How to Answer Paycheck-Related Leave of Absence Questions Without Stressing Out Your Employees

Dawn Burke Benefits Communication, Financial Guidance

Talking about money with employees is always tricky, but things can get even trickier when they’re facing (or already knee-deep in) a leave of absence.

The last thing an employee spending weeks caring for a sick loved one or having a child wants to untangle is how generously they’ll get paid by their employer (and when/how they’ll be paid) when they’re out. The more clearly you lay out what to expect when going on leave, the more relieved and grateful they’ll feel, and the less time you’ll spend repeating or clarifying things that were omitted or lost in translation.

Here are a few ideas to help you get it right the first time:

#1. Create company-specific collateral for every type of leave

Most vendors can’t give employees a personalized overview of how much they’ll be paid during leave because compensation is usually covered by multiple parties: maybe one vendor covers short-term disability, another vendor covers long-term disability, and your company covers paid maternity leave, for example.

While you could share each vendor’s information separately, that information is usually so hard to decipher and general in scope, it’s likely to make things more complicated. A much better option: creating content unique to your company for your most prevalent leave types with the help of internal communications staff or freelance talent. It should reflect your company’s particular policies, offer links to other resources, and be written in plain English instead of insurance gobbledygook.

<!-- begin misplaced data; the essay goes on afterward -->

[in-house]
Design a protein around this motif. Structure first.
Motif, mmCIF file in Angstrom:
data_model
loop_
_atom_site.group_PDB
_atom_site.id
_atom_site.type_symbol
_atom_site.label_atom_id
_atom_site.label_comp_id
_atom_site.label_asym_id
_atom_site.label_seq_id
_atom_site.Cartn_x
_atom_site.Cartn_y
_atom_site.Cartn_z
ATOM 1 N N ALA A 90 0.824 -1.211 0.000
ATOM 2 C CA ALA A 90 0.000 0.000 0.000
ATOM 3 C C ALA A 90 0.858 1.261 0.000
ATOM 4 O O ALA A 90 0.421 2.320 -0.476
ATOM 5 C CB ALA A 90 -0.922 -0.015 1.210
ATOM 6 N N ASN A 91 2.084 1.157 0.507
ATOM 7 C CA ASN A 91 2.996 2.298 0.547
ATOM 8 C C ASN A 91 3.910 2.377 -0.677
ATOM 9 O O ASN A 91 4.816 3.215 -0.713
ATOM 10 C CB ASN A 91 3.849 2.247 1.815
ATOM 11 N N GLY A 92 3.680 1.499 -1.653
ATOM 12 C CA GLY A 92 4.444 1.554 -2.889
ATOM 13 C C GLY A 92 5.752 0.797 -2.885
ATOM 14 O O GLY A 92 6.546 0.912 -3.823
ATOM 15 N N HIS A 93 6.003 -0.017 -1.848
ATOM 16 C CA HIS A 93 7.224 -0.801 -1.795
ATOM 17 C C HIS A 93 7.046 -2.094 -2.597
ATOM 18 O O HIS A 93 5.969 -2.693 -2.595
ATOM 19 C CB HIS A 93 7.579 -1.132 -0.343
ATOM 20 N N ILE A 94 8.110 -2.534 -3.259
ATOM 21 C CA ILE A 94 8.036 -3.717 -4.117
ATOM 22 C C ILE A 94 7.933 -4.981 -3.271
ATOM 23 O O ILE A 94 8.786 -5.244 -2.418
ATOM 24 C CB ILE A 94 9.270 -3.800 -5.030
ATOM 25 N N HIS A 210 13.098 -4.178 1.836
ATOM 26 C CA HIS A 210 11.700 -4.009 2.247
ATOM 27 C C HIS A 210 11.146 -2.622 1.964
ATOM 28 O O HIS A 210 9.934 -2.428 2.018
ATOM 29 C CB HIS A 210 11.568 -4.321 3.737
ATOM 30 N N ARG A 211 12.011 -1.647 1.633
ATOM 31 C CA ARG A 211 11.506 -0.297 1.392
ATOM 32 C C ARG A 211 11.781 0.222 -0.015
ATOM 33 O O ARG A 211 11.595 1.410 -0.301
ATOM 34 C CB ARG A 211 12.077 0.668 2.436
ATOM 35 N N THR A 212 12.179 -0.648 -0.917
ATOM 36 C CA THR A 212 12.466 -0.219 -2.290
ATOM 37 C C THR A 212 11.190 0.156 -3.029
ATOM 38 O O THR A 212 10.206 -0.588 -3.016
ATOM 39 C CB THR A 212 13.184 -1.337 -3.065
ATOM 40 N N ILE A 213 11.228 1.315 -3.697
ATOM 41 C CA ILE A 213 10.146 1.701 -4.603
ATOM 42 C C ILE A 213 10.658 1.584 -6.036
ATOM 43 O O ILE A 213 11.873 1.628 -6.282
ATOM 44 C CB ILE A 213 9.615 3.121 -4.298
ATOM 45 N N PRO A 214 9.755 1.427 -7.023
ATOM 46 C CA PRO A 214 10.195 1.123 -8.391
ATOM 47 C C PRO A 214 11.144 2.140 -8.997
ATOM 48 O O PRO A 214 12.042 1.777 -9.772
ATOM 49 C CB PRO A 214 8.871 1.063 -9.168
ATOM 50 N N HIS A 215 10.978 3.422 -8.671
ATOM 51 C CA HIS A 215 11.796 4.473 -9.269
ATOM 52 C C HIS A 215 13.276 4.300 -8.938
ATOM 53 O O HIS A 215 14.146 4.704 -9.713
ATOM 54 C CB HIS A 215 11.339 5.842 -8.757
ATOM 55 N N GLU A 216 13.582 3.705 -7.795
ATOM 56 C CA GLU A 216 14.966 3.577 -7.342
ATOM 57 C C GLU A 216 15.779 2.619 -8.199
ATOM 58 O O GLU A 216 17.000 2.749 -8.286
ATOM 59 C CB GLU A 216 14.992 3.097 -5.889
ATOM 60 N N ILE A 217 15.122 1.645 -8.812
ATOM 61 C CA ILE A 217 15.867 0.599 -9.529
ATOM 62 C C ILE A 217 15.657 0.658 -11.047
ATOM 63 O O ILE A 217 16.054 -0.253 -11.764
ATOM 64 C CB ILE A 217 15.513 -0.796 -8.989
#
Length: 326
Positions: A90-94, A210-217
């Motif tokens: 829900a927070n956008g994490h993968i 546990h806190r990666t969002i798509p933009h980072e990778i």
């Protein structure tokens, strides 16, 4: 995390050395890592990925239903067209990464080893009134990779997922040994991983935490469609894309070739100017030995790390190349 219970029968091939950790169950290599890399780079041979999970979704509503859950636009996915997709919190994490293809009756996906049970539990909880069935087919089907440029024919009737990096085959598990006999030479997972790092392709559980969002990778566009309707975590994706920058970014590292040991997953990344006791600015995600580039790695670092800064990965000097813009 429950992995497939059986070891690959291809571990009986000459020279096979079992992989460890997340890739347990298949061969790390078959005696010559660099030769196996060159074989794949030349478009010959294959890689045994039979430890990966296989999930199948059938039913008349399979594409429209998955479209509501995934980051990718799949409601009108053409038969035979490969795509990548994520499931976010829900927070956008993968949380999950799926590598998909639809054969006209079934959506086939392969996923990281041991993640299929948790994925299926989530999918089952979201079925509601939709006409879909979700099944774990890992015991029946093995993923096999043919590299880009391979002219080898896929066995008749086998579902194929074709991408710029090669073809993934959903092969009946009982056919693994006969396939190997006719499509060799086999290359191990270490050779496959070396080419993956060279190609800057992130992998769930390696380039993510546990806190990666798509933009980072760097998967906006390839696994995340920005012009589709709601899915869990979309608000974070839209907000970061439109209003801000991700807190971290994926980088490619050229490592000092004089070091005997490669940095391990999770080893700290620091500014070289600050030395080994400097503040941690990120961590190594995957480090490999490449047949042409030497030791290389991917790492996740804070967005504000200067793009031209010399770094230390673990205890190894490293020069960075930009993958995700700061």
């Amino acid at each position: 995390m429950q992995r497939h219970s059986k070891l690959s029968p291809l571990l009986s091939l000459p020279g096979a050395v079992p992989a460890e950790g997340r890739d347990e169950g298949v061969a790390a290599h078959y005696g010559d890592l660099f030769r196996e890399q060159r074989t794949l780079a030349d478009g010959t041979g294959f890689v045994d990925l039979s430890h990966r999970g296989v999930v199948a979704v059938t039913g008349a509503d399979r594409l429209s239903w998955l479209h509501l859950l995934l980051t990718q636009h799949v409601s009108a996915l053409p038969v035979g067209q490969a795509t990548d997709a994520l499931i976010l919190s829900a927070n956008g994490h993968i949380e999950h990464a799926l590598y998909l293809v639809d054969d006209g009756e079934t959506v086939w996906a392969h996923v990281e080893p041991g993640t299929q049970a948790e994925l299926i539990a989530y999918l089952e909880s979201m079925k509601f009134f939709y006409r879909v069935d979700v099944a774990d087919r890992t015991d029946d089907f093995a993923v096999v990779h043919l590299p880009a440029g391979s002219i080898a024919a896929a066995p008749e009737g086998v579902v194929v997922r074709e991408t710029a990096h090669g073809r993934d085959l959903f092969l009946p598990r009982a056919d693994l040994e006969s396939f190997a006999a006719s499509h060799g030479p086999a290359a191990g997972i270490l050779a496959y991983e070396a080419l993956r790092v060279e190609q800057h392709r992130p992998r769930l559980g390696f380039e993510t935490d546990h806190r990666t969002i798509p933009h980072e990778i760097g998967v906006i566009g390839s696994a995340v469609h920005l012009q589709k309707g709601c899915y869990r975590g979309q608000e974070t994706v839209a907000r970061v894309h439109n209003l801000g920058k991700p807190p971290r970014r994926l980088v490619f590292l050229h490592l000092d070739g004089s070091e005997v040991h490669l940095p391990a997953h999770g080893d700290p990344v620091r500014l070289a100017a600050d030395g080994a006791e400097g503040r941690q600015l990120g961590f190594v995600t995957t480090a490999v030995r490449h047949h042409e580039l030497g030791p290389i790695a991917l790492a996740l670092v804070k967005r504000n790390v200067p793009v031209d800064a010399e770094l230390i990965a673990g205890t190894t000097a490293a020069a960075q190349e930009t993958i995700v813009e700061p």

#2. Explain employees’ payment schedule with a clear visual timeline

Creating helpful graphics to explain all this complicated info at a glance involves a little extra elbow grease and someone with art skills. But hoo boy is it worth it.

In fact, one of the most useful pieces of leave information you can give your employees is a simple visual timeline that shows when various benefits kick in, how long they last, and what percentage of their usual pay an employee can expect to get during their leave.

Here’s how that might look, for an employee at a company we’ll call Placeholder Industries:

You could also go one step further and work with payroll to add exact dates unique to every employee’s leave period to your calendar graphics. That way, employees won’t have to calculate when, say, “Week 4” actually is. They’ll be able to track the progress of their leave based on actual paycheck dates, which leaves less room for mix-ups.

#3. Prep for every conversation, even if you’ve had it a hundred times

Even if the printed or visual content you share is really useful, some employees will still ask to chat with you on the phone or face-to-face. In those cases, do yourself (and the employee) a solid: Before you talk, take at least five minutes to review the employee’s unique situation and jot down some notes in advance. Double-check the accuracy of any information you’re not 100% sure about. I’ve been in HR for twenty years, and unless I have some sort of script to lean on to help explain the process, I turn into a sweaty mess when I wing it. Your employees will trust what you say more than anything else you share, so make sure to bring your A-game.